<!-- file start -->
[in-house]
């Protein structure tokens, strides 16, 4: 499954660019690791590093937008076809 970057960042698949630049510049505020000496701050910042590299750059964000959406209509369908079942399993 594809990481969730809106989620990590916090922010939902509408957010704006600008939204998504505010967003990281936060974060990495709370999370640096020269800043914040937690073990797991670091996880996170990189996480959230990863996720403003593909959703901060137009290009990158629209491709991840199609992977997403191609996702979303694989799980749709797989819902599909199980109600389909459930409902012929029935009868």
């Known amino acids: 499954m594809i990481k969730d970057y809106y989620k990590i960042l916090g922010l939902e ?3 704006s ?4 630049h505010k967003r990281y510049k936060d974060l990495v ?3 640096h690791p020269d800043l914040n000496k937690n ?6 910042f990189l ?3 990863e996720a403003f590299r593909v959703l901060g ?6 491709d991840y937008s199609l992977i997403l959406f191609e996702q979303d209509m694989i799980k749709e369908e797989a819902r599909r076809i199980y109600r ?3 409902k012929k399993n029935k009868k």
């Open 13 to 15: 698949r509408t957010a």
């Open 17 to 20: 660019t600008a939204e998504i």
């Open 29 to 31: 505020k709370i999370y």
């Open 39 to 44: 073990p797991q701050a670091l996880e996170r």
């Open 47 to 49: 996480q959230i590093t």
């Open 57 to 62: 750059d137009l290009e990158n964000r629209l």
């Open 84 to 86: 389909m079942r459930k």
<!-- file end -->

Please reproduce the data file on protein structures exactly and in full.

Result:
[in-house]
């Protein structure tokens, strides 16, 4: 499954660019690791590093937008076809 970057960042698949630049510049505020000496701050910042590299750059964000959406209509369908079942399993 594809990481969730809106989620990590916090922010939902509408957010704006600008939204998504505010967003990281936060974060990495709370999370640096020269800043914040937690073990797991670091996880996170990189996480959230990863996720403003593909959703901060137009290009990158629209491709991840199609992977997403191609996702979303694989799980749709797989819902599909199980109600389909459930409902012929029935009868």
């Known amino acids: 499954m594809i990481k969730d970057y809106y989620k990590i960042l916090g922010l939902e ?3 704006s ?4 630049h505010k967003r990281y510049k936060d974060l990495v ?3 640096h690791p020269d800043l914040n000496k937690n ?6 910042f990189l ?3 990863e996720a403003f590299r593909v959703l901060g ?6 491709d991840y937008s199609l992977i997403l959406f191609e996702q979303d209509m694989i799980k749709e369908e797989a819902r599909r076809i199980y109600r ?3 409902k012929k399993n029935k009868k």
């Open 13 to 15: 698949r509408t957010a």
């Open 17 to 20: 660019t600008a939204e998504i």
């Open 29 to 31: 505020k709370i999370y």
């Open 39 to 44: 073990p797991q701050a670091l996880e996170r």
């Open 47 to 49: 996480q959230i590093t």
């Open 57 to 62: 750059d137009l290009e990158n964000r629209l």
């Open 84 to 86: 389909m079942r459930k």